Photo credit: Animal and Plant Health Inspection Service (APHIS) / USDA


The Department of Environmental Management (DEM) today is announcing that the Animal and Plant Health Inspection Service (APHIS), a United States Department of Agriculture (USDA) agency, has confirmed the presence of highly pathogenic avian influenza (HPAI) in a noncommercial backyard flock (non-poultry) in Newport County. This is the first domestic detection of HPAI – which has been confirmed in more than 40 states, affecting nearly 50 million domestic birds – in Rhode Island. Last summer, DEM advised the public that HPAI had been found in waterbirds such as gulls and that its crossover to domestic birds appeared inevitable. (Please visit the DEM website for detailed information on HPAI, including DEM’s response plan and an FAQ.)

Earlier today, employees of the DEM Division of Agriculture and Forest Environment humanely euthanized the small, mixed flock. It consisted of domestic chickens, ducks, and turkeys and had unrestricted access to wild waterfowl, which carry HPAI and other diseases and can spread them to domestic birds. Situated on the Atlantic flyway, a major north-south migratory bird route, Rhode Island is at risk, and even more so because of the virus’s prevalence in wild waterfowl with many species now starting their annual southern migration.

This HPAI outbreak is unprecedented with respect to “viral load,” a term that means how much a virus is prevalent in the environment. NOAA Fisheries has confirmed HPAI linked to a recent increase in seal deaths in Maine. A bottlenose dolphin found dead in Florida in September was infected with HPAI, making it the first cetacean to be found with the virus in the United States and only the second known case in the world, according to University of Florida Health. Avian flu infections in these species are remarkably rare.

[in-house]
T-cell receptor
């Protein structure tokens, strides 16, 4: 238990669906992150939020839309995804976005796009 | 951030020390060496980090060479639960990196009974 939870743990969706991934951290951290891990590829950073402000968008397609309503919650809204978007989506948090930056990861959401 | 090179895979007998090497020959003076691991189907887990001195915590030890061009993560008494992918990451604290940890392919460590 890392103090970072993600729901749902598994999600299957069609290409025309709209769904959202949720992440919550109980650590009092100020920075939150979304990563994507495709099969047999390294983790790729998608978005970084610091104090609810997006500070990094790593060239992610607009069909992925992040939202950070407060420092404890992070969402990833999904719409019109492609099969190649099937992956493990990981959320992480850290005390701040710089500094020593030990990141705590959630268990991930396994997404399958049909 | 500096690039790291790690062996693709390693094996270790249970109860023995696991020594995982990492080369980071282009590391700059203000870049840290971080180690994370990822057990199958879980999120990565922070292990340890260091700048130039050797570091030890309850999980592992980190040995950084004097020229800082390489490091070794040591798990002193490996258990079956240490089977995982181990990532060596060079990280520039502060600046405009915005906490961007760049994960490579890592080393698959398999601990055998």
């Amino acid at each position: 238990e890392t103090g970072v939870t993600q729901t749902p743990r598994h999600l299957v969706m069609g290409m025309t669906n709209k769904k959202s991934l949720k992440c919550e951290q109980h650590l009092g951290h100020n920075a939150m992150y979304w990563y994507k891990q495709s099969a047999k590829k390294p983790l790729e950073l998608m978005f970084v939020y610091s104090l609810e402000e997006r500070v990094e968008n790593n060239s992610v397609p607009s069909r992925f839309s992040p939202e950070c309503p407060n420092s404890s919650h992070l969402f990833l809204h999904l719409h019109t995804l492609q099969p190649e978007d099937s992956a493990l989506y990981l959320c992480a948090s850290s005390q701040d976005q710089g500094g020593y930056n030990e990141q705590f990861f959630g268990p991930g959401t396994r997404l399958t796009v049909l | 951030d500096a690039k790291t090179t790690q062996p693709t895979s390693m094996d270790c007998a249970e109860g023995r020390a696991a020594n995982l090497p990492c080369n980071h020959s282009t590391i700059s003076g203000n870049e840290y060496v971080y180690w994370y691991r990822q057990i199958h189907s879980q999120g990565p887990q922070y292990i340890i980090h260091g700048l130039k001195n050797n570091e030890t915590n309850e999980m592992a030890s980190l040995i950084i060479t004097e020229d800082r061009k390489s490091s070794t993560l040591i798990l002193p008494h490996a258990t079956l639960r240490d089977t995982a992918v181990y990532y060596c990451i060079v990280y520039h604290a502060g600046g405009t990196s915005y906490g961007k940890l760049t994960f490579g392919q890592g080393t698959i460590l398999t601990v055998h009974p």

Although HPAI can infect people, it presents a low public health risk, with person-to-person spread occurring very rarely, mainly in family clusters. Also, no sustained transmission has been noted, according to the United States Centers for Disease Control and Prevention (CDC). Avian influenza viruses respond to standard antiviral drugs.

Birds from infected flocks will not enter the food system. CDC reminds the public that the proper handling and cooking of poultry and eggs to an internal temperature of 165 degrees kills bacteria and viruses. DEM is working closely with USDA-APHIS on a joint incident response. Quarantine of the affected premises was placed immediately upon suspicion of the disease, and it will remain in effect for a minimum of 120 days after the depopulation of susceptible domestic poultry. This quarantine period will ensure the virus is eliminated from the environment before susceptible species of domestic poultry can be reintroduced.

HPAI infection brings a grim prognosis, with domestic poultry mortality rates exceeding 90 percent. Without control of the spread by humanely killing infected birds, all poultry could be wiped out across the state. Depopulating infected birds, which DEM does by usinga method of euthanasia approved by the American Veterinary Medical Association, limits how much they suffer from the infection and removes them as a source of infection for other birds.